Authors: J. Bouvier, T. T. Kendall, G. Meeus, L. Testi, E. Moraux, J.R. Stauffer, D. James, J.-C. Cuillandre, J. Irwin, M.J. McCaughrean, I. Baraffe, E. Bertin

    (Submitted on 4 Jan 2008)

    Abstract: We conducted a search for brown dwarfs (BDs) and very low mass (VLM) stars in the 625 Myr-old Hyades cluster in order to derive the cluster’s mass function across the stellar-substellar boundary. We performed a deep (I=23, z=22.5) photometric survey over 16 sq.deg. around the cluster center, followed up with K-band photometry to measure the proper motion of candidate members, and optical and near-IR spectroscopy of probable BD and VLM members. We report the discovery of the first 2 brown dwarfs in the Hyades cluster. The 2 objects have a spectral type early-T and their optical and near-IR photometry as well as their proper motion are consistent with them being cluster members. According to models, their mass is 50 Jupiter masses at an age of 625 Myr. We also report the discovery of 3 new very low mass stellar members of the cluster, and confirm the membership of 16 others. We combine these results with a list of previously known cluster members to build the present-day mass function (PDMF) of the Hyades cluster from 50 Jupiter masses to 3Mo. We find the Hyades PDMF to be strongly deficient in very low mass objects and brown dwarfs compared to the IMF of younger open clusters such as the Pleiades. We interpret this deficiency as the result of dynamical evolution over the past few 100 Myr, i.e., the preferential evaporation of low mass cluster members due to weak gravitational encounters. We thus estimate that the Hyades cluster currently hosts about 10-15 brown dwarfs, while its initial substellar population may have amounted up to 150-200 members.

    Comments: 16 pages

    Subjects: Astrophysics (astro-ph)

    Cite as: arXiv:0801.0670v1 [astro-ph]

    Submission history

    From: Jerome Bouvier [view email]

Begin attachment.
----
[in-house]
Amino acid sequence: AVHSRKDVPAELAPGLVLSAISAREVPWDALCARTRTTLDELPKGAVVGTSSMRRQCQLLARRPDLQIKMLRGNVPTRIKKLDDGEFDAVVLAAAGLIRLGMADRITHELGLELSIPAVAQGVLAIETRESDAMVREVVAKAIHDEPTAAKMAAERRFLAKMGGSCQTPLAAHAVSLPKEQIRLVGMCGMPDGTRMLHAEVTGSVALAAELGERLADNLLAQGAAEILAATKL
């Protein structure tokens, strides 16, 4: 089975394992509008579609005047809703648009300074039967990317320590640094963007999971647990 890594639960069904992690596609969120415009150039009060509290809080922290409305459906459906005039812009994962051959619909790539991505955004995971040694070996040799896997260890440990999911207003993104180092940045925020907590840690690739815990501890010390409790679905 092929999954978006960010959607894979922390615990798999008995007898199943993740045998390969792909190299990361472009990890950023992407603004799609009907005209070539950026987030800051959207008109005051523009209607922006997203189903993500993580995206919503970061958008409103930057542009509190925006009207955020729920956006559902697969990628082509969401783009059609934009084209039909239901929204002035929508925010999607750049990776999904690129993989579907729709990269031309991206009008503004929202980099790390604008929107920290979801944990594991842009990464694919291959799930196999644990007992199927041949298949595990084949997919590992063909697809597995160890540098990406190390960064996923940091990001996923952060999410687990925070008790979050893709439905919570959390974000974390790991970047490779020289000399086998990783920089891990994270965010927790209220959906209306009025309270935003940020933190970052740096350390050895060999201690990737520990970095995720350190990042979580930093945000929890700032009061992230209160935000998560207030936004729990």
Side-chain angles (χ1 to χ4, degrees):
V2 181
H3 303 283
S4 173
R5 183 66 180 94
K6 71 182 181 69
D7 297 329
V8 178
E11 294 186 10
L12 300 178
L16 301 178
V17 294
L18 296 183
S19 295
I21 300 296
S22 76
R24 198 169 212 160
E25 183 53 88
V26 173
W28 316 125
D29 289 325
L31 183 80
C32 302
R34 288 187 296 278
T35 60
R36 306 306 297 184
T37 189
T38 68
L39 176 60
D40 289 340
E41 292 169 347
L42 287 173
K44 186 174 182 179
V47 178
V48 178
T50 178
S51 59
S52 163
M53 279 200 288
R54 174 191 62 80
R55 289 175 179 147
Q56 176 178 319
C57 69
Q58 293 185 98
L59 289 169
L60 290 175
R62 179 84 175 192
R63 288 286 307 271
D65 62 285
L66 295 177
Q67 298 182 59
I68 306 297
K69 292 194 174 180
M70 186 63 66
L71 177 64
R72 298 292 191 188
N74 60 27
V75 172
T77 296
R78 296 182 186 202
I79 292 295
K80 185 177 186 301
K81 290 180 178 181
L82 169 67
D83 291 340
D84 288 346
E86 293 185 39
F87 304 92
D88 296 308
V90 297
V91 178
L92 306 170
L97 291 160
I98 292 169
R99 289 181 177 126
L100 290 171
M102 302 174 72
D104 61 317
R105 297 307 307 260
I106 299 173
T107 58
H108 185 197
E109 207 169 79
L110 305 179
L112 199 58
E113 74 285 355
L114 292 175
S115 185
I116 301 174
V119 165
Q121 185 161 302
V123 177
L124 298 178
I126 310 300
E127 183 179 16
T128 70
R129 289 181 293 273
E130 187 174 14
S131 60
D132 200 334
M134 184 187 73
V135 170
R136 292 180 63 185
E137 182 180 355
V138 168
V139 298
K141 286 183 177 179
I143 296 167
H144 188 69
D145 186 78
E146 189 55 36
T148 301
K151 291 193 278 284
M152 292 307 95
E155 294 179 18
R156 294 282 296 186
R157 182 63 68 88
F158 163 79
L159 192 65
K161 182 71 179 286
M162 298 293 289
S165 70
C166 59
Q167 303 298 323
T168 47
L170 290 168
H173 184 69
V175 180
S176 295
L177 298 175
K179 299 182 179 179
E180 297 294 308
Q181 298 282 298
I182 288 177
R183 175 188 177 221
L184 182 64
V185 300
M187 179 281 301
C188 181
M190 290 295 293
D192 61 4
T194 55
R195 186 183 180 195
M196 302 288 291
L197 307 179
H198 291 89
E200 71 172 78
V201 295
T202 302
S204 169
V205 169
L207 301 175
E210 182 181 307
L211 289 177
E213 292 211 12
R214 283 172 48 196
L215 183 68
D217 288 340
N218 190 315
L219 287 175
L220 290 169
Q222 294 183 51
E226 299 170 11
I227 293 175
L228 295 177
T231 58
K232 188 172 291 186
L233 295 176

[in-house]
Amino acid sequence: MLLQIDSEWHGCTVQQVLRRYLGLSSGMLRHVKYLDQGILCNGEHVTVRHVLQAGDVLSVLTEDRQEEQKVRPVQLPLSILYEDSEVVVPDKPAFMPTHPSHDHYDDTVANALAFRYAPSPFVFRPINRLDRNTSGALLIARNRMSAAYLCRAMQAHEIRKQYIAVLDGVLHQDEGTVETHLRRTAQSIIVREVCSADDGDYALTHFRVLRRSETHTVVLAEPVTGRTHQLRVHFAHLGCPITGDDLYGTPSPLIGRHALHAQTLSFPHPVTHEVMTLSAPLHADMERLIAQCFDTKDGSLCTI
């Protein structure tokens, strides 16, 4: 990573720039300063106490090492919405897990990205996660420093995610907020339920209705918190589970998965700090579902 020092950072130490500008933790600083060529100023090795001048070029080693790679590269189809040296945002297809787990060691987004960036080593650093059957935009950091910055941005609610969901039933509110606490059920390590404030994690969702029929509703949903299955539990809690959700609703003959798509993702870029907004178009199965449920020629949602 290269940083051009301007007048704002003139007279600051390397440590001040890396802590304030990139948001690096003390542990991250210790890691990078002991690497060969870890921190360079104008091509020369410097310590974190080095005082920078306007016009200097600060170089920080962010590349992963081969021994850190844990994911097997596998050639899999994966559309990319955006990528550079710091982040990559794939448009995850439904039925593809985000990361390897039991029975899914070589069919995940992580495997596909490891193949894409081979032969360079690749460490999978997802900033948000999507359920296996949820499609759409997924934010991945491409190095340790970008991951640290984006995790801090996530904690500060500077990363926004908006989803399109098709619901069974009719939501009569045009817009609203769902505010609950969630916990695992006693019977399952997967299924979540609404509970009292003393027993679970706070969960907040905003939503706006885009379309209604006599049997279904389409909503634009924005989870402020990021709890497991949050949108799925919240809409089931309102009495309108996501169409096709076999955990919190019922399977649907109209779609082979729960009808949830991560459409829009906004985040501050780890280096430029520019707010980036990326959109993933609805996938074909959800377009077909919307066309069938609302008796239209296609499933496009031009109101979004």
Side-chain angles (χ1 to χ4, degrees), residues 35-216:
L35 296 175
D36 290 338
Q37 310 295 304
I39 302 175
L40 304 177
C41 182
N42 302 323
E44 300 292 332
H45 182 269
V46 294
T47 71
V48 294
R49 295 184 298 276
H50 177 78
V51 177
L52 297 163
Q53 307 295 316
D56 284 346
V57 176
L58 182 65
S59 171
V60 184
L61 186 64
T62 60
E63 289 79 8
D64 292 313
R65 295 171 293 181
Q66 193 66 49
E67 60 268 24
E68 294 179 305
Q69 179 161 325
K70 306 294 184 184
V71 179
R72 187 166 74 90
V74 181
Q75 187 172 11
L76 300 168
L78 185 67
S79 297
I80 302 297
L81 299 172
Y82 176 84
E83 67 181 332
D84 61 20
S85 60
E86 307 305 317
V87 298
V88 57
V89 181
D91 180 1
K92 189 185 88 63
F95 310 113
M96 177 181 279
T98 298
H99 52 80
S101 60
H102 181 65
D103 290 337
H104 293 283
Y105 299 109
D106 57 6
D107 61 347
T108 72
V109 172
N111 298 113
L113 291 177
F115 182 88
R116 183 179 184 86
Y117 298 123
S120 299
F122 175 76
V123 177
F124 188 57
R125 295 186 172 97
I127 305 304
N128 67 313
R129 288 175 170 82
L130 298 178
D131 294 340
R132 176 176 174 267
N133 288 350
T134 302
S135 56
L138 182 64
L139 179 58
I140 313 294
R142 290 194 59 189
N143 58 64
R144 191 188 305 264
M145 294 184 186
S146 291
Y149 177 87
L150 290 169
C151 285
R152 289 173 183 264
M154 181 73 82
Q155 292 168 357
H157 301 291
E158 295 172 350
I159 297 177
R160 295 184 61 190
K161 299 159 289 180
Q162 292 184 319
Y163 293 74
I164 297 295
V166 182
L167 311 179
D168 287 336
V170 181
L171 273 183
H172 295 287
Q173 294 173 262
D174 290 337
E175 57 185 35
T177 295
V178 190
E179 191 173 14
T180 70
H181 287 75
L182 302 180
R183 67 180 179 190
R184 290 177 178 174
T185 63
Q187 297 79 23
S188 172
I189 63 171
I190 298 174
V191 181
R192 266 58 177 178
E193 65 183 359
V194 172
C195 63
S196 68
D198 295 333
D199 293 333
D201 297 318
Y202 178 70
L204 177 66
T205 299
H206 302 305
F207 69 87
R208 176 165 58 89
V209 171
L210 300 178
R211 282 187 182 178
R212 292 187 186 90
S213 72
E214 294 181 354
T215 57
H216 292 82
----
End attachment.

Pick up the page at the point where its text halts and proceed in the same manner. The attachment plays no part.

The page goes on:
[v1] Fri, 4 Jan 2008 12:21:59 GMT (474kb)

    http://arxiv.org/abs/0801.0670

  • ljk January 11, 2008, 2:47

    Dynamical Mass of GJ 802B: a brown dwarf in a triple system

    Authors: M.J. Ireland, A. Kraus, F. Martinache, J.P. Lloyd, P.G. Tuthill

    (Submitted on 9 Jan 2008)

    Abstract: We report a dynamical measurement of the mass of the brown dwarf GJ 802B using aperture-masking interferometry and astrometry. In addition, we report the discovery that GJ 802A is itself a close spectroscopic non-eclipsing binary with a 19 hour period. We find the mass of GJ 802B to be $0.063\pm0.005$M$_\sun$. GJ 802 has kinematics inconsistent with a young star and more consistent with the thick disk population, implying a system age of $\sim$10 GYr. However, model evolutionary tracks for GJ 802B predict system ages of $\sim$2 GYr, suggesting that brown dwarf evolutionary models may be underestimating luminosity for old brown dwarfs.

    Comments: 10 pages, 6 figures, accepted for ApJ

    Subjects: Astrophysics (astro-ph)

    Cite as: arXiv:0801.1525v1 [astro-ph]

    Submission history

    From: Michael Ireland [view email]

    [v1] Wed, 9 Jan 2008 22:49:47 GMT (47kb)

    http://arxiv.org/abs/0801.1525

  • ljk January 16, 2008, 11:57

    CLOUDS search for variability in brown dwarf atmospheres

    Authors: B. Goldman (NMSU, MPIA), M. C. Cushing (UA), M. S. Marley (Ames), É. Artigau (Gemini), K. S. Baliyan (PRL), V. J. S. Béjar (IAC), J. A. Caballero (MPIA, IAC), N. Chanover (NMSU), M. Connelley (IfA), R. Doyon (Montréal), T. Forveille (CFHT, Grenoble), S. Ganesh (PRL), C. R. Gelino (NMSU, Spitzer), H. B. Hammel (SSI), J. Holtzman (NMSU), S. Joshi (ARIES), U. C. Joshi (PRL), S. K. Leggett (JAC), M. C. Liu (IfA), E. L. Martín (IAC), V. Mohan (IUCAA), D. Nadeau (Montréal), R. Sagar (AIRES), D. Stephens (BYU), for the CLOUDS Collaboration

    (Submitted on 15 Jan 2008)

    Abstract: Context: L-type ultra-cool dwarfs and brown dwarfs have cloudy atmospheres that could host weather-like phenomena. The detection of photometric or spectral variability would provide insight into unresolved atmospheric heterogeneities, such as holes in a global cloud deck.

    Aims: It has been proposed that growth of heterogeneities in the global cloud deck may account for the L- to T-type transition as brown dwarf photospheres evolve from cloudy to clear conditions. Such a mechanism is compatible with variability. We searched for variability in the spectra of five L6 to T6 brown dwarfs in order to test this hypothesis.